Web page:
It’s often a good idea to level-set on the basics.
Data centers are large buildings that house servers (we’ll explain what servers are in a moment). These buildings resemble warehouses from the outside. The key real estate difference between a data center and a warehouse is that data centers have very sophisticated security, HVAC, telecommunications, and electric power systems. They have to have these systems in order to protect the hardware inside, as well as to keep the hardware connected and running properly.
The Oxford Languages dictionary defines a data center as “a large group of networked computer servers typically used by organizations for the remote storage, processing, or distribution of large amounts of data.”
Data centers make the modern internet possible. When you stream a movie from Netflix, shop on Amazon, or scroll through Instagram, your experience depends in part on data centers.
Institutions of all types and sizes rely on data centers to serve their customers, constituents, and stakeholders. Not every institution builds their own data center however. If the institution’s need is relatively small, they might only need retail colocation services. On the other hand, if their need is relatively large, they might need wholesale colocation, or even to build their own data center. Tech giants like Facebook and Google often build their own data centers, but others, like Netflix, rely instead on cloud services like Amazon Web Services.
If an institution (we use that word here to encompass for-profits, non-profits, and government) opts for wholesale colocation, they have a variety of data center financing options and must carefully consider the geography of data center site selection.
What are servers?
Servers are essentially computers. They are rectangular hardware boxes that contain processors and other components.
The Oxford Language dictionary defines a server as “a computer or computer program which manages access to a centralized resource or service in a network.”
It helps to think of servers almost like an old-fashioned telephone switchboard, like the one shown below. The switchboard helped to route phone calls to the correct place. The switchboard operator played the role of the processor in that they decided where to route the call given the caller’s need and the available resources.
What is a server "rack"?
A rack is exactly what you’d guess…a vertical rack of stacked servers. That’s why a common industry phrase is “racking and stacking”, which refers to the manual labor involved in ensuring your data center hardware is installed properly. Here at Prime Data Centers, we partner with data center services providers like Salute Mission Critical to provide services to customers within our data centers.
Racks are typically open structures, as shown in the photo below, whereas “cabinets” are more enclosed versions.
How are data centers and servers related to the internet and "the cloud"?
Key to understanding the answer to the “what are data centers?” question is to understand the relationship between physical data centers, and the somewhat less tangible “cloud”. “The cloud” is a very broad term. At its most basic level, the cloud refers to processing and serving data in a different physical location than its point of use. For example, if you were to ask Siri (the voice assistant on your iPhone) for directions to the nearest sporting goods store, the information provided doesn’t come from a calculation on your phone. It comes from Apple’s cloud and the interconnections between that and other clouds.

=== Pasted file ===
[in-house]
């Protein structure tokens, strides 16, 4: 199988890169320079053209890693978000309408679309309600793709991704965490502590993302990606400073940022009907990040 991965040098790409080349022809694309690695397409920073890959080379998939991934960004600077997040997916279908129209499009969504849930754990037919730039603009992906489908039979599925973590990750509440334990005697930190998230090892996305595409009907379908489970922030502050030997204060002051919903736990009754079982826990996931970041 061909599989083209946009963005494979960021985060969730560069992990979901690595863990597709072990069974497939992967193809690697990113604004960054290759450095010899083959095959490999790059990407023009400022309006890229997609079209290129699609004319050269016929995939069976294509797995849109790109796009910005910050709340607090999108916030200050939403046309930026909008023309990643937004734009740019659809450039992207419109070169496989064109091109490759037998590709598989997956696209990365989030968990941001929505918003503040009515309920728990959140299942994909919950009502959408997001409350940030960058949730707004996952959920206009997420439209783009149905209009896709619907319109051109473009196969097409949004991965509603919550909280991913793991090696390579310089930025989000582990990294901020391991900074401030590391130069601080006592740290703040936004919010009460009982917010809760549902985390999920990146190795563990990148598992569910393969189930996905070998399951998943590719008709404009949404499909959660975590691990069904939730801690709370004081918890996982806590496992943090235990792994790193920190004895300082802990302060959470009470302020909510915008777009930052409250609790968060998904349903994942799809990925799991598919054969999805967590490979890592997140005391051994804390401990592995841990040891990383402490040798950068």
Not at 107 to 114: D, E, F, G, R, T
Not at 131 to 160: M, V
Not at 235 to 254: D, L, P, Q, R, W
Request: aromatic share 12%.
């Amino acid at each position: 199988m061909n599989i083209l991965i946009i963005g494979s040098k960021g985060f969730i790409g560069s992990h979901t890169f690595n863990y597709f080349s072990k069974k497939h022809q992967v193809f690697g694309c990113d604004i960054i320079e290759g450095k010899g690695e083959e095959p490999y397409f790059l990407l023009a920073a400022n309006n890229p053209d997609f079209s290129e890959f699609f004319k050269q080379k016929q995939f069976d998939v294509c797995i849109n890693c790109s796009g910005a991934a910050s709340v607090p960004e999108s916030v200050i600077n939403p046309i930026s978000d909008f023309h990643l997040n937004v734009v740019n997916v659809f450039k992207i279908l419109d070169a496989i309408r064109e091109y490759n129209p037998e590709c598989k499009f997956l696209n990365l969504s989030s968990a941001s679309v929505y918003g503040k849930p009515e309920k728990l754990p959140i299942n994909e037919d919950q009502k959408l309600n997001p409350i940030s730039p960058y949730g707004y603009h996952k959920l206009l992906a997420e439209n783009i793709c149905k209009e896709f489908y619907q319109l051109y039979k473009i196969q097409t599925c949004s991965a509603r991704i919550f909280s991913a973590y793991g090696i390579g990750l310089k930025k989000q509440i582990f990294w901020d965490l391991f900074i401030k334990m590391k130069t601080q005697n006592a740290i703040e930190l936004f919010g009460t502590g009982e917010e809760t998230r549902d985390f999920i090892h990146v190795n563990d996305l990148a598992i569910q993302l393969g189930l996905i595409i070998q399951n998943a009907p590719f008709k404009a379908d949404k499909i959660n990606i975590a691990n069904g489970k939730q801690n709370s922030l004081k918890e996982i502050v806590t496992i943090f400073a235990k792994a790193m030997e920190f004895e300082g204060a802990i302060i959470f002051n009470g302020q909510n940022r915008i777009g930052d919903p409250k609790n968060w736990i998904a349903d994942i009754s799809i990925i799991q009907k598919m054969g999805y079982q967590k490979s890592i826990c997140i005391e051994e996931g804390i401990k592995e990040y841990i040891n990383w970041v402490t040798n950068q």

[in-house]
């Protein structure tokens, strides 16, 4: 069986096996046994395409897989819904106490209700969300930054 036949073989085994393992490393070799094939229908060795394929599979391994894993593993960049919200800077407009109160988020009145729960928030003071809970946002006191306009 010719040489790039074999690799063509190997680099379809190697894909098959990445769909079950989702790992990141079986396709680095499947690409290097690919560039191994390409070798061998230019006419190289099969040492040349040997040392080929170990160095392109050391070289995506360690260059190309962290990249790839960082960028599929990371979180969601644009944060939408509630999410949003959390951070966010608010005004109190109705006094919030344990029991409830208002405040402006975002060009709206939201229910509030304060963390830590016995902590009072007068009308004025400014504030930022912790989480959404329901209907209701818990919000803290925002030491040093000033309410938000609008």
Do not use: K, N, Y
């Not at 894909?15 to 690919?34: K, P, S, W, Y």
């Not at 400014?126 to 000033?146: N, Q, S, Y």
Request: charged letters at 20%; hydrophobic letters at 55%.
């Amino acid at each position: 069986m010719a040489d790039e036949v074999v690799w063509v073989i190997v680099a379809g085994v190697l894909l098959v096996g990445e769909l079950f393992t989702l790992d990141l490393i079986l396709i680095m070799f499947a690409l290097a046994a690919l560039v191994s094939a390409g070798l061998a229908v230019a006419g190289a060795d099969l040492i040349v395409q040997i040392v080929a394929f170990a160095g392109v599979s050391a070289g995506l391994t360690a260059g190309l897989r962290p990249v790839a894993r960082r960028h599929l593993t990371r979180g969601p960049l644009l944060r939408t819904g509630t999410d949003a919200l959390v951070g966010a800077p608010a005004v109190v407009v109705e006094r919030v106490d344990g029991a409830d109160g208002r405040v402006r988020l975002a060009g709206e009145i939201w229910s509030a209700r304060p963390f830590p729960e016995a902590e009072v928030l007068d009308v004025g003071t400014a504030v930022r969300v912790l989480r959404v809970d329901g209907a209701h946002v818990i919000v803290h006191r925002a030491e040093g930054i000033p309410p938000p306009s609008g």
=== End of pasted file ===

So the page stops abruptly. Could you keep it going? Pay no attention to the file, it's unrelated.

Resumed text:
There are many different types of clouds, including private, public, and hybrid. We’ll go into that in a future post. Subscribe and be sure not to miss it.
Data center trends in 2020
2020 has been a challenging year, to say the least. While it has negatively impacted most businesses, the net impact on the data center industry has been mixed. On the downside, companies are tightening budgets and delaying large capital expenditures. That is making data center sales cycles longer. On the upside, COVID-19 has reminded companies of the importance of having regularly-updated disaster recovery and business continuity plans. Data centers factor heavily into those plans. As part of the updating process, many companies are taking the opportunity to offload data center assets from their books, consolidate their data center presence, and backup critical data in more geographically safe and affordable locations.
For example, the San Francisco Bay Area is home to some of the most expensive real estate in the United States. It’s also quite seismically active. Despite that, the area is also one of the most popular data center regions. Why? Primarily due to the strength of telecommunication networks and the proximity to a sizable and important user base. Data center customers are realizing that the Sacramento area is a great data center site alternative to the SF Bay Area, with very low latency between the two regions, as well as much less seismic risk and greater affordability.
The future of data center development
Most types of data center development are trending up and likely will continue to do so for the foreseeable future. Certainly edge and hyperscale have bright futures. One downward development trend is companies building their own data centers. CBInsights makes a bold prediction in the graphic below that in the distant future we may not need physical data centers at all, at least not how we know them today. We can be quite sure however that physical data centers will remain mission-critical assets for enterprises of all types for the foreseeable future.